2. Beck Hopelessness Scale
    The statements are clear and easy to understand. The option for making only a true or false statement makes the instrument simple to score, especially given the key that is provided.
    I struggled with a number of the statements because of how absolute they were, as well as either indicating true or false was. I felt in the middle on a number of the statements, either not completely agreeing/disagreeing, or feeling as though things happen sometimes but not all the time. I think I would have preferred a Likert scale.

    Clinical Utility
    I think this may pose some problems for populations/people who are more focused on living in the moment without necessarily thinking forward in their life. That being said, the instrument is easily understood and scored, and will likely work well for a wide variety of populations.

    3. Short Michigan Alcohol Screening Test
    The questions were all relevant to the main problems associated with alcohol abuse. In this case, the yes or no answer format worked well, I believe. The instructions for taking the instrument, as well as for scoring, are simple.
    Apparently they did not include the reversed items in the scoring instructions. Also, I think that certain items, such as seeking help or attending AA should not be signs of a problem, but signs that the person is taking steps toward helping themselves.

    Clinical Utility
    This is a short, easily understood instrument that overall seems to capture what it is to be dependent on alcohol. I believe that this can be used with all populations. It would have been nice that the instructions included the reversed items to accurately assess the data.

    4. Drug Abuse Screening Test-10
    This instrument is short and to the point. The instructions are detailed in terms of what drug use is, as well as examples of drugs that could be abused. The scoring is also very simple, and includes the reversed items.
    I think that the way the questions are phrased may cause some confusion for a non-drug user. I know that they made note of what “drug use” is in the instructions, but for someone who takes prescription drugs as directed, a few of the questions caught me off guard because of a disconnect between the instructions and the questions. Additionally, there was no N/A option, which seems to restrict the use of this instrument to only confirmed drug users.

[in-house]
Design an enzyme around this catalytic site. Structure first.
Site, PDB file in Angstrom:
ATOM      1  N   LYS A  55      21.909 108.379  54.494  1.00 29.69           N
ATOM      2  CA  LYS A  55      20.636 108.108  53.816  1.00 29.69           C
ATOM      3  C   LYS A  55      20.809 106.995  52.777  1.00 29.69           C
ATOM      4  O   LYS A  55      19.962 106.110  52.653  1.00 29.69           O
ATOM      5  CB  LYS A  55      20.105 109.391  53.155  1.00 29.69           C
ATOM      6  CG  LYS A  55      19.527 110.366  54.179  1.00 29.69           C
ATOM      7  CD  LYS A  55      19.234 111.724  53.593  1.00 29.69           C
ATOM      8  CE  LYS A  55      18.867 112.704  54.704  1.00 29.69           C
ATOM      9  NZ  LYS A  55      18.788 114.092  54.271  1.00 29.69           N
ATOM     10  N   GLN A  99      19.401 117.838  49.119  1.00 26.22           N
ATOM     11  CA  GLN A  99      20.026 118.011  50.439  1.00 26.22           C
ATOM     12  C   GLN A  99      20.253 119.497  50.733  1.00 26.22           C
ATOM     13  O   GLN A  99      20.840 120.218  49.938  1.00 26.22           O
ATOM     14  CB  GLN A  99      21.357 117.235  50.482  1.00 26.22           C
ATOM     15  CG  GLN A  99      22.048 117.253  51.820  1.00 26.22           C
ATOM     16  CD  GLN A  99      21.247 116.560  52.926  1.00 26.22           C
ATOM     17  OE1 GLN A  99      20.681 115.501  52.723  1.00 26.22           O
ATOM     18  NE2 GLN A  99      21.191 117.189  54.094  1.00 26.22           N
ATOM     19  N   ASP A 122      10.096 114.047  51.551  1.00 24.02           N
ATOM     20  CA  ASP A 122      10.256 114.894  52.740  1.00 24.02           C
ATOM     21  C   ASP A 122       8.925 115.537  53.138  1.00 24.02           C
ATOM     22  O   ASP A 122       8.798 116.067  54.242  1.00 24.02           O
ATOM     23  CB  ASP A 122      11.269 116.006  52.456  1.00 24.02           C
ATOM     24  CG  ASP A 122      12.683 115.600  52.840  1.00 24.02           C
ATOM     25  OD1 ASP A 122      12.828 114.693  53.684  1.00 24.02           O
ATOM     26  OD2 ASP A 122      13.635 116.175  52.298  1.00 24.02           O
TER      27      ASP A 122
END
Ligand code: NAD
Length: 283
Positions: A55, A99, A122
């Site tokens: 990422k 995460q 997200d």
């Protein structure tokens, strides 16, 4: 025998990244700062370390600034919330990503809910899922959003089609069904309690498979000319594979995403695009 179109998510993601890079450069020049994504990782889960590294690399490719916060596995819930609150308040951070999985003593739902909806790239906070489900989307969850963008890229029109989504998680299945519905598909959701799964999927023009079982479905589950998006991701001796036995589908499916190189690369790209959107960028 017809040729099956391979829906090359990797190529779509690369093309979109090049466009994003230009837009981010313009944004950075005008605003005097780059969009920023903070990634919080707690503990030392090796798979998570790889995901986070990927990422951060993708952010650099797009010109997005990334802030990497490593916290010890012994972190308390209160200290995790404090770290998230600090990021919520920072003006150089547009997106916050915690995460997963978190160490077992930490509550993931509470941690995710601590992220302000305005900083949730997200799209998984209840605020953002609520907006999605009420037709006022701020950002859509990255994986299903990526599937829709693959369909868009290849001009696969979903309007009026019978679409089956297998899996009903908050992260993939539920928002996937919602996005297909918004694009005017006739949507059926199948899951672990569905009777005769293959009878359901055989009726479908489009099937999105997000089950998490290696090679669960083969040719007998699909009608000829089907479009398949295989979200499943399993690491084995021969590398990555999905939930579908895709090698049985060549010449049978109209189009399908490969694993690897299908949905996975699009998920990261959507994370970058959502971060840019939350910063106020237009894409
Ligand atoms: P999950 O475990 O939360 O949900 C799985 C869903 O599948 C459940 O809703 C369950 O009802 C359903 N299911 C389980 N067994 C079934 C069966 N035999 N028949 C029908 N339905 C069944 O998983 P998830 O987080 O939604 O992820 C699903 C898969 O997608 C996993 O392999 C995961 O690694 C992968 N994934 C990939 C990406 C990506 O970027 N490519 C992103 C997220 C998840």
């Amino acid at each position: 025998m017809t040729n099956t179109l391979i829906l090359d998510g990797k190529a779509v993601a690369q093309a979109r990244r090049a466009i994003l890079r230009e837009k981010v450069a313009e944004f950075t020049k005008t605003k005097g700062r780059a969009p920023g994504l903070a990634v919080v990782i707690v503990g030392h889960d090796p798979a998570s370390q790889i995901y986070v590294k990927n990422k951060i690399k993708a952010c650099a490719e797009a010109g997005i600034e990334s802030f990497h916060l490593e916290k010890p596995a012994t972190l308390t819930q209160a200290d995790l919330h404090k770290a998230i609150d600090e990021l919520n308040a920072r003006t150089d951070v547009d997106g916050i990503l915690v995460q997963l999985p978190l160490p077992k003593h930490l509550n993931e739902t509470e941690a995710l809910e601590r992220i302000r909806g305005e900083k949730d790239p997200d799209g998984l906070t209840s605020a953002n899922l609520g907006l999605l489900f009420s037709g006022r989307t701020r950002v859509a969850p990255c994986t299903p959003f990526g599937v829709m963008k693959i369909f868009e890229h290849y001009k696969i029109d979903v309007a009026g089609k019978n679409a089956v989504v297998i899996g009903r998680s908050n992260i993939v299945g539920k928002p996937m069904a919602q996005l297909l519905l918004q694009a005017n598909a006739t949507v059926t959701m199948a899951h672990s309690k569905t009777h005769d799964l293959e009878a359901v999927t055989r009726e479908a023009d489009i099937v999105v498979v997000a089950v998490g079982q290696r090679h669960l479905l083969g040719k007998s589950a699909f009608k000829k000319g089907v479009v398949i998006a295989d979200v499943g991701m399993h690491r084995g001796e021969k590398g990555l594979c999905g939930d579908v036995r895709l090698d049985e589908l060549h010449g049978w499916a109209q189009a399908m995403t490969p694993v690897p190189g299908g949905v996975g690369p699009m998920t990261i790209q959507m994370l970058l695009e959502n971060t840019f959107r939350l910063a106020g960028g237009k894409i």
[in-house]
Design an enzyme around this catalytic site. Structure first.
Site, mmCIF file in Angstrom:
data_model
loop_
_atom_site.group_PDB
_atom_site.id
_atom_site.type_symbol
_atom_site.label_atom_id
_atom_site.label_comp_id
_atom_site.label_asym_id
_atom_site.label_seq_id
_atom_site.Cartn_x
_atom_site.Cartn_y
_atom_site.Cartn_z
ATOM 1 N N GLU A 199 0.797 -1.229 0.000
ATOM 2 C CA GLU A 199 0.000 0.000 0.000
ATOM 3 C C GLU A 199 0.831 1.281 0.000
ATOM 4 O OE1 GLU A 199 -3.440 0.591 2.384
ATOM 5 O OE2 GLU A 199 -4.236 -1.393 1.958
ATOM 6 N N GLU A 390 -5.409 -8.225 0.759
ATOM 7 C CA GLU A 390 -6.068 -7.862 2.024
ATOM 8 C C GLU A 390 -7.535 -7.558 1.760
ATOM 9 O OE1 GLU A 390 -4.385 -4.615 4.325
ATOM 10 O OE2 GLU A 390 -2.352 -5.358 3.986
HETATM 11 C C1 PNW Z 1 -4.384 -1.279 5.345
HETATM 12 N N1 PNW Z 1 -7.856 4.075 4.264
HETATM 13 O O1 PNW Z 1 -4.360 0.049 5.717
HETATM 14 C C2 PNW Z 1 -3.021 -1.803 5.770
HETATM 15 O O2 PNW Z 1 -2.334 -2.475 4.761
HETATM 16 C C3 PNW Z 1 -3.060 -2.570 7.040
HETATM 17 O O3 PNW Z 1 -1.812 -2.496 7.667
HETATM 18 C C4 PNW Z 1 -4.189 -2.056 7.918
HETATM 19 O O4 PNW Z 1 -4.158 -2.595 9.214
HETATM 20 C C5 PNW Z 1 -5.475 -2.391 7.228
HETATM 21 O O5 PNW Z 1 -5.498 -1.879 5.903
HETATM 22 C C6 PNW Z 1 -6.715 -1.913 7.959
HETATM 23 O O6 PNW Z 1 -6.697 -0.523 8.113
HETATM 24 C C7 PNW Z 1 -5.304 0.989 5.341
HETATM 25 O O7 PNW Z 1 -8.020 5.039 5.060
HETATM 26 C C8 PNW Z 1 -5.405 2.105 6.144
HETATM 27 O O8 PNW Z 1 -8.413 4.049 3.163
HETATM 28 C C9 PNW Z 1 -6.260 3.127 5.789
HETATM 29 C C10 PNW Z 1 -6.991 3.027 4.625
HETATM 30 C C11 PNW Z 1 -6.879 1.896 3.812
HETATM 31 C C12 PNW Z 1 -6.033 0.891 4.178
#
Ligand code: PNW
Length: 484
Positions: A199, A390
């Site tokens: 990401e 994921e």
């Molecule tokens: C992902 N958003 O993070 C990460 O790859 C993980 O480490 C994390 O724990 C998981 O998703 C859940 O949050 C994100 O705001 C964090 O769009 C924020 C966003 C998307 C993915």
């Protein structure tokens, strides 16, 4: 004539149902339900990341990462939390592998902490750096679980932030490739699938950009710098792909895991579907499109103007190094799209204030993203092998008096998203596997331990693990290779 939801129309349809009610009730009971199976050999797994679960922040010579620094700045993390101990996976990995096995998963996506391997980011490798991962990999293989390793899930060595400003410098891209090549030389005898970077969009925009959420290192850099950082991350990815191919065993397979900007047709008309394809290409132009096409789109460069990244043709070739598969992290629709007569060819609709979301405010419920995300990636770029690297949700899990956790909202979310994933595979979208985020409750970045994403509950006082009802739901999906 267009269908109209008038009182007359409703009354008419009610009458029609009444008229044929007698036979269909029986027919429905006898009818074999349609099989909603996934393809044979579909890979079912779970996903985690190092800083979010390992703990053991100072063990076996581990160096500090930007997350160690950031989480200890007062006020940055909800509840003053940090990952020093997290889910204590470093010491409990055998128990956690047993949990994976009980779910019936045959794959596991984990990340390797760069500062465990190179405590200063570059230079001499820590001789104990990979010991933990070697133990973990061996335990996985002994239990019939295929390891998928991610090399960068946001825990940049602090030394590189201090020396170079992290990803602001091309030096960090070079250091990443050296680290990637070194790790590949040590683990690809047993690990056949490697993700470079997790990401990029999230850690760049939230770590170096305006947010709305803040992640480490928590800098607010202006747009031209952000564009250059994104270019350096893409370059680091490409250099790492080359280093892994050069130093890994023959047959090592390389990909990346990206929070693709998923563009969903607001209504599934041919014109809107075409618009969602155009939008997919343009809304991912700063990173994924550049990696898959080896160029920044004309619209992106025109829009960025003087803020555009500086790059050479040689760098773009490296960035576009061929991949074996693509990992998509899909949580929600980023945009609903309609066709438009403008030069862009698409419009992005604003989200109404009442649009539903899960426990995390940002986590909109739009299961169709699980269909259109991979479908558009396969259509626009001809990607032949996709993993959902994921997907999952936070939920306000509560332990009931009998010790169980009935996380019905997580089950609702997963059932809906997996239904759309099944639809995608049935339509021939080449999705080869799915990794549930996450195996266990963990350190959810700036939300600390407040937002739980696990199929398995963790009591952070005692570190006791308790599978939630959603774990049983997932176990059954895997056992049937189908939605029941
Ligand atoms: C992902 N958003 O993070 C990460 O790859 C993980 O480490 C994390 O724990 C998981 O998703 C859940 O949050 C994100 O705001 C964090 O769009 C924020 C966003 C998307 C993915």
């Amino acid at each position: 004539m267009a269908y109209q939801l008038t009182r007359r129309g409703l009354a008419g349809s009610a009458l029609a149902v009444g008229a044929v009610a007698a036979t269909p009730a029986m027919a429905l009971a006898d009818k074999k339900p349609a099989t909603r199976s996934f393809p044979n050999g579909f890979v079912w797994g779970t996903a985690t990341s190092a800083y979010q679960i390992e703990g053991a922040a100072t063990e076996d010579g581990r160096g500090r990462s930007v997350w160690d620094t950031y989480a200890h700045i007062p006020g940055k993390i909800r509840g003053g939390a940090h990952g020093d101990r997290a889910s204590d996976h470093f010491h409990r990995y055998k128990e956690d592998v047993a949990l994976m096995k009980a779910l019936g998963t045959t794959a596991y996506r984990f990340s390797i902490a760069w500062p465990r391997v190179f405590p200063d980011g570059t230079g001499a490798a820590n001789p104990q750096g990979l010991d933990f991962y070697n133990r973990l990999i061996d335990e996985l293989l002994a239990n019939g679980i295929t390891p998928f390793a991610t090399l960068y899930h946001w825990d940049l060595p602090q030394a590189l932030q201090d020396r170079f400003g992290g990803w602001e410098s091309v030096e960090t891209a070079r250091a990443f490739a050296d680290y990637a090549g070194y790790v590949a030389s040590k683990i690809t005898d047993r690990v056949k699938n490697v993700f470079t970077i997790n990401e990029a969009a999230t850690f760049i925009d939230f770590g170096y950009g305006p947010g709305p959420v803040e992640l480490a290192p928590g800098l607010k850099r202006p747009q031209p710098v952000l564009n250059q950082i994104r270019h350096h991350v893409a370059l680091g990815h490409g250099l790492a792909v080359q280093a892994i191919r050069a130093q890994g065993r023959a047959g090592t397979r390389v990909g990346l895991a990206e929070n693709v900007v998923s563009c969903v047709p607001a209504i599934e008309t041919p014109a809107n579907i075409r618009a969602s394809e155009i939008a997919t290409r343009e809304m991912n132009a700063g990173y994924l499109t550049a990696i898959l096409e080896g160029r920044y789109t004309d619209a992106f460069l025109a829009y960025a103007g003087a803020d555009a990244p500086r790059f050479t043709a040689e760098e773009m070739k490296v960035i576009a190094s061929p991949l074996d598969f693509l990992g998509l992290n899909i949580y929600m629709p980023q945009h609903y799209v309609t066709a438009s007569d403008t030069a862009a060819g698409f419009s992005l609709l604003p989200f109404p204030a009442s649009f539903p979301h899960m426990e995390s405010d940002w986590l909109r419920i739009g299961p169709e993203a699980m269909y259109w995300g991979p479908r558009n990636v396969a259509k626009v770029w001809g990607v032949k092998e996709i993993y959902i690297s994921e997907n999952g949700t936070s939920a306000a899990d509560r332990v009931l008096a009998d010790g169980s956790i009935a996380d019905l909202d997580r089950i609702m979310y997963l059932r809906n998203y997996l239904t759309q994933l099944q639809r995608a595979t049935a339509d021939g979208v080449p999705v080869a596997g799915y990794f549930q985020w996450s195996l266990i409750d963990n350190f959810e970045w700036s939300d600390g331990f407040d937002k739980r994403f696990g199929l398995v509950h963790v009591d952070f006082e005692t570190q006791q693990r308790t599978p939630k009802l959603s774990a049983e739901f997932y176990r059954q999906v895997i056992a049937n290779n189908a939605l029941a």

Clinical Utility
    Although easy to answer and score, this instrument still has some confusion surrounding it in my opinion. I feel as though the questions could be rephrased to be clearer in indicating that the drug use is *inappropriate* use. Additionally, this instrument does not seem like it would work well with people who do not abuse drugs, as the questions are written with the assumption that the person is a user. As such, only the drug user population would be appropriate for this instrument.


    • Selene Anaya
      Jun 23, 2020 @ 22:26:54

      Hi Trey!

      I like how you mentioned the possibility of false negatives for the BSS. I also had this concern and failed to mention it in my weakness section. Even though Dr. V says that most clients answer honestly, I still think that some may alter their responses to either avoid answering more questions if they are already depressed and unmotivated. They also may relate to the deeper symptoms/ideations that are covered in the more specific section and be unable to identify with the more simple statements in the beginning. For the BHS, I also felt as though I was in the middle of a lot of the statements, and I mentioned that in my weakness portion. Only two choices can also lead to possible false negatives because if an individual is stuck on a question, he/she can choose false when they really lean more towards true. I can see how this could be less of an issue for the SMAST. I had an issue with the term “normal” for that assessment. Different individuals can have different perceptions of “normal” and one is more likely to answer that they deem their behavior as normal especially if they are in denial or unable to accept their issue. I agree with you in that the DAST-10 should be more clear about inappropriate use, however this could result in the same issues I explained for the SMAST regarding what one believes to be “inappropriate”.


  8. Dawn Seiple
    Jun 22, 2020 @ 19:14:20

    Beck Scale for Suicidal Ideation (BSS)
    Likes/Strengths -This assessment uses very direct questions that might be easier to raise in a self-report assessment than in a face-to-face interview. It comes at suicidal ideation in a few different ways by asking about desire to die, reasons for living and saving oneself. Each question has a slightly different emphasis. Questions 6-20 are slightly more nuanced and seem helpful in determining how committed the patient is to suicide.

    Dislikes/Weaknesses – The questions are so direct that there is no allusion about the intent. The patient needs to be in place where they are willing to reveal that they are having suicidal thoughts and get into the details of those thoughts. There is no easing into it. Also, if a patient saw that if they answered 1 or 2 for questions 4 or 5, they may simply put 0’s in order to avoid the subsequent questions.

    Clinical Utility – This test seems like it would be a good test for patients who are actively thinking about suicide and who want to express those thoughts. If the patient is in a voluntary therapeutic setting, they would hopefully be looking for help and would be willing to answer these questions honestly. It seems easy to score and interpret and could clearly inform a treatment plan.